Today President Obama will travel to the same site where Theodore Roosevelt summoned the nation to a new progressive era where he will deliver remarks urging Congress to act on the payroll tax cut and outline his vision for the middle class going forward.
"The president is going to lay out clearly his sense of what's required to have an economy that will ensure more middle class security, where everyone gets a fair share and a fair shake," a senior administration official said. "The policy choices we're going to have to make to get there … I do think that's going to animate, not just the political debate next year, but the debate in the country."
The president will travel to the small town of Osawatomie, Kan., the same place where Roosevelt outlined his vision for a "New Nationalism" over a century ago.
The choice of location was no accident, and the White House has spent a month focusing on the event. Obama's advisors read Roosevelt's speech word for word and said it was eerie how much of it still applies today.
"There's a tremendous amount of parallel between that moment in time and the economy and how middle working class families felt and where we are right now," a senior administration official said.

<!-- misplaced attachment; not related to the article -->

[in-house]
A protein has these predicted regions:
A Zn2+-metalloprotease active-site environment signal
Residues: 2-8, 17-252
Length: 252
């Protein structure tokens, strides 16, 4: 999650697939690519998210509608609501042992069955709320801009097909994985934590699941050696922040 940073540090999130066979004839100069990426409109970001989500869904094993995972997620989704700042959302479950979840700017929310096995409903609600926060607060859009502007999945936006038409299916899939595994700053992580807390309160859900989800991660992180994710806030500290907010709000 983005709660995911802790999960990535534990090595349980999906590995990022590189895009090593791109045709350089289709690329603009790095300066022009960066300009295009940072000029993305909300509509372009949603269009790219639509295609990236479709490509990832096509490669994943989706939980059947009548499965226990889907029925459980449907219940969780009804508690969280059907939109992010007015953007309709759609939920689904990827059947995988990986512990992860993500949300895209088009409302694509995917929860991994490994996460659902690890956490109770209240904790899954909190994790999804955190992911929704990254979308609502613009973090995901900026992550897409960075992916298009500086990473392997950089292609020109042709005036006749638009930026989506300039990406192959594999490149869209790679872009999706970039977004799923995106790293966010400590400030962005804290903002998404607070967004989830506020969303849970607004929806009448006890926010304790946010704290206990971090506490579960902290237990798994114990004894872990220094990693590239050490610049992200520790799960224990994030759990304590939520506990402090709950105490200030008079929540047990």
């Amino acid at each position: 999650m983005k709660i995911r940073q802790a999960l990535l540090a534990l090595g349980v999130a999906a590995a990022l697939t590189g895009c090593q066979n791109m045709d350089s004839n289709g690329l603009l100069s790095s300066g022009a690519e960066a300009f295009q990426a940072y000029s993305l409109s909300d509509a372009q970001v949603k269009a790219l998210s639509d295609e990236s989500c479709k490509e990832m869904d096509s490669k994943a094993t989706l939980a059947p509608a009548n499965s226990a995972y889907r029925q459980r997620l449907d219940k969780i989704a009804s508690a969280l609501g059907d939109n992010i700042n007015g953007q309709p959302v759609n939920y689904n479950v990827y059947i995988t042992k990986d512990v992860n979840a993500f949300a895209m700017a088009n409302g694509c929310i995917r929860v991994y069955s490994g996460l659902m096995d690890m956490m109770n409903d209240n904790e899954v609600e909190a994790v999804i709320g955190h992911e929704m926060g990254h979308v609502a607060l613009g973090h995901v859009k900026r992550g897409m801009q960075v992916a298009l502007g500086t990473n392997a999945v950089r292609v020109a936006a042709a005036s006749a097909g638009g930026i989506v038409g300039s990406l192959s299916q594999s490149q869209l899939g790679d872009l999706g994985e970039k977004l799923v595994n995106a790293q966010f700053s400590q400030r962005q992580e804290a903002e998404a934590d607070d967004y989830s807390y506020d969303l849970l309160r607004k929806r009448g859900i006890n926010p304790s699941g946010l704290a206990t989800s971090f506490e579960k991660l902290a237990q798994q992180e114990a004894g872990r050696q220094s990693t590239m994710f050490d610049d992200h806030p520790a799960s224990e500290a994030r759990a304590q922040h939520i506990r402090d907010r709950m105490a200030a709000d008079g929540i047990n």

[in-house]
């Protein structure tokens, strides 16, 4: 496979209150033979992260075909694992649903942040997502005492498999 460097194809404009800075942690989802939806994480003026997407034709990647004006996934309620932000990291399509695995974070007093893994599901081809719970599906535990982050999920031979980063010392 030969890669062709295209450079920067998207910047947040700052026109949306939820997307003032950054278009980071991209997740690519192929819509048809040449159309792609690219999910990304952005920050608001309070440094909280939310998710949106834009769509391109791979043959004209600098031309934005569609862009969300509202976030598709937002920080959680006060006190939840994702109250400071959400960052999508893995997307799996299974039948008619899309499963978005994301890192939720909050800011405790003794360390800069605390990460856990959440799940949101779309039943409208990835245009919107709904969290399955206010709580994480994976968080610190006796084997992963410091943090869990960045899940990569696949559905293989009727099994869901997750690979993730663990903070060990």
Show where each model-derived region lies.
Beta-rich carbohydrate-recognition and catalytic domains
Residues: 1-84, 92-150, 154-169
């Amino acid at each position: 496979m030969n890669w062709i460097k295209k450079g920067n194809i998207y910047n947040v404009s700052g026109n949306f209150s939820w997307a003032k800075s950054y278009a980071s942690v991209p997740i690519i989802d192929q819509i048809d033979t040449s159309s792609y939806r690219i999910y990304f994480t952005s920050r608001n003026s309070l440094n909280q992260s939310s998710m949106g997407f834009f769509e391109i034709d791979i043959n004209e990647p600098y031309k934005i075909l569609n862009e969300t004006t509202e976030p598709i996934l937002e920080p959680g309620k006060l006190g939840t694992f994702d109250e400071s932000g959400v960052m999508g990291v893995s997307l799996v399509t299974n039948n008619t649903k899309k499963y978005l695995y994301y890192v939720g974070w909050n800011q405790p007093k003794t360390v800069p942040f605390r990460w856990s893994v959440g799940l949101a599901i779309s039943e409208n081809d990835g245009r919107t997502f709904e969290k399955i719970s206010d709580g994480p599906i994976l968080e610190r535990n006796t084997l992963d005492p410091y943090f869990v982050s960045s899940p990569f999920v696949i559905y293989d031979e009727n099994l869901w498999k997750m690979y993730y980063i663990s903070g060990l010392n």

In his speech Roosevelt, faced with a growing disparity between the rich and poor, highlighted the responsibility of the wealthy to help those at the bottom of society.
President Obama will likely apply this message directly to the fight over the payroll tax cut. Throughout the debate over the tax holiday extension, Obama has crafted an image of Republicans putting the interests of the wealthy ahead of those of the middle class.
While some Republicans in Congress have signaled support for the extension, they continue to oppose a tax on the wealthiest Americans to pay for it. Failure to extend the tax cut, according to the White House, will increase taxes on 160 million Americans.
"I know many Republicans have sworn an oath never to raise taxes as long as they live. How could it be that the only time there's a catch is when it comes to raising taxes on middle-class families?" Obama asked Monday.
According to an administration official "we have two very different competing views about … what the future of the country will look like. This speech will take this on."
"We're in this economic moment coming out of a severe financial crisis, almost slipped into a great depression, inequality's been rising … the middle class is getting squeezed. There's a sense that the same rules don't apply for the people working hard out there in America and the people at the top," the official said.